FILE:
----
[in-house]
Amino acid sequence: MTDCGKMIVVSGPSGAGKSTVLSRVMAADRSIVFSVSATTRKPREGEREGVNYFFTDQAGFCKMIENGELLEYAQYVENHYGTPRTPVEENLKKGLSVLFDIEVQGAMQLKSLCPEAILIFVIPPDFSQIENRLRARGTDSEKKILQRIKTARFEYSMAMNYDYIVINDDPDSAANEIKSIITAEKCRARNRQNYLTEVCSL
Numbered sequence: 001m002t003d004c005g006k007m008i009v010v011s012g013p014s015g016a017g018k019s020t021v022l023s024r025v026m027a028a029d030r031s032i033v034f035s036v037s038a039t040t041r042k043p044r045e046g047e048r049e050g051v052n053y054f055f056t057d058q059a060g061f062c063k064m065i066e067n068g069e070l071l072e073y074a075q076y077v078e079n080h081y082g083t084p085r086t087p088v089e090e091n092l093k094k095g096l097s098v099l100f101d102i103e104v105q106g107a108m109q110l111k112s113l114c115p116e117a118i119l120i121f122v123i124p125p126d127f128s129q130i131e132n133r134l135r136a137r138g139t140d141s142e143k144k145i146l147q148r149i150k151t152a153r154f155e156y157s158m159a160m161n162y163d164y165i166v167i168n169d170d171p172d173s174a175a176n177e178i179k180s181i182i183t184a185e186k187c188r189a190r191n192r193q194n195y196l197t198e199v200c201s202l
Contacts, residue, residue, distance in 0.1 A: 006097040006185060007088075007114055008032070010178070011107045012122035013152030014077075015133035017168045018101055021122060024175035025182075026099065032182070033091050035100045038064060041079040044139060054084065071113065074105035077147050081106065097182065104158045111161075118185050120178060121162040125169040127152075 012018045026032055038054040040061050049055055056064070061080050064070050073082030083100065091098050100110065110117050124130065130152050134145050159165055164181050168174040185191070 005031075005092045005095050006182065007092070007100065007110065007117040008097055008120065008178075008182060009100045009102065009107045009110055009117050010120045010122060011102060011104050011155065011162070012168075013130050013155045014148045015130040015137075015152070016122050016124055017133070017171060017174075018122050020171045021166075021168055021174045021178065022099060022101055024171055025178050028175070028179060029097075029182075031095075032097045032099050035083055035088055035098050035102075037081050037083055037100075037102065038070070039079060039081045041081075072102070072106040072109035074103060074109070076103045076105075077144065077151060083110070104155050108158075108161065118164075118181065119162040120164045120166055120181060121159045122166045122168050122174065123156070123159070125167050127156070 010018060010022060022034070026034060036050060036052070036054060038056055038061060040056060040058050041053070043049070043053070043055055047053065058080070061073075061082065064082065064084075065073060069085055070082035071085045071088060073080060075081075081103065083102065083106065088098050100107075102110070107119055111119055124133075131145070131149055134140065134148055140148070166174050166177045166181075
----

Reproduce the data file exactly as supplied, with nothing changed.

[in-house]
Amino acid sequence: MTDCGKMIVVSGPSGAGKSTVLSRVMAADRSIVFSVSATTRKPREGEREGVNYFFTDQAGFCKMIENGELLEYAQYVENHYGTPRTPVEENLKKGLSVLFDIEVQGAMQLKSLCPEAILIFVIPPDFSQIENRLRARGTDSEKKILQRIKTARFEYSMAMNYDYIVINDDPDSAANEIKSIITAEKCRARNRQNYLTEVCSL
Numbered sequence: 001m002t003d004c005g006k007m008i009v010v011s012g013p014s015g016a017g018k019s020t021v022l023s024r025v026m027a028a029d030r031s032i033v034f035s036v037s038a039t040t041r042k043p044r045e046g047e048r049e050g051v052n053y054f055f056t057d058q059a060g061f062c063k064m065i066e067n068g069e070l071l072e073y074a075q076y077v078e079n080h081y082g083t084p085r086t087p088v089e090e091n092l093k094k095g096l097s098v099l100f101d102i103e104v105q106g107a108m109q110l111k112s113l114c115p116e117a118i119l120i121f122v123i124p125p126d127f128s129q130i131e132n133r134l135r136a137r138g139t140d141s142e143k144k145i146l147q148r149i150k151t152a153r154f155e156y157s158m159a160m161n162y163d164y165i166v167i168n169d170d171p172d173s174a175a176n177e178i179k180s181i182i183t184a185e186k187c188r189a190r191n192r193q194n195y196l197t198e199v200c201s202l
Contacts, residue, residue, distance in 0.1 A: 006097040006185060007088075007114055008032070010178070011107045012122035013152030014077075015133035017168045018101055021122060024175035025182075026099065032182070033091050035100045038064060041079040044139060054084065071113065074105035077147050081106065097182065104158045111161075118185050120178060121162040125169040127152075 012018045026032055038054040040061050049055055056064070061080050064070050073082030083100065091098050100110065110117050124130065130152050134145050159165055164181050168174040185191070 005031075005092045005095050006182065007092070007100065007110065007117040008097055008120065008178075008182060009100045009102065009107045009110055009117050010120045010122060011102060011104050011155065011162070012168075013130050013155045014148045015130040015137075015152070016122050016124055017133070017171060017174075018122050020171045021166075021168055021174045021178065022099060022101055024171055025178050028175070028179060029097075029182075031095075032097045032099050035083055035088055035098050035102075037081050037083055037100075037102065038070070039079060039081045041081075072102070072106040072109035074103060074109070076103045076105075077144065077151060083110070104155050108158075108161065118164075118181065119162040120164045120166055120181060121159045122166045122168050122174065123156070123159070125167050127156070 010018060010022060022034070026034060036050060036052070036054060038056055038061060040056060040058050041053070043049070043053070043055055047053065058080070061073075061082065064082065064084075065073060069085055070082035071085045071088060073080060075081075081103065083102065083106065088098050100107075102110070107119055111119055124133075131145070131149055134140065134148055140148070166174050166177045166181075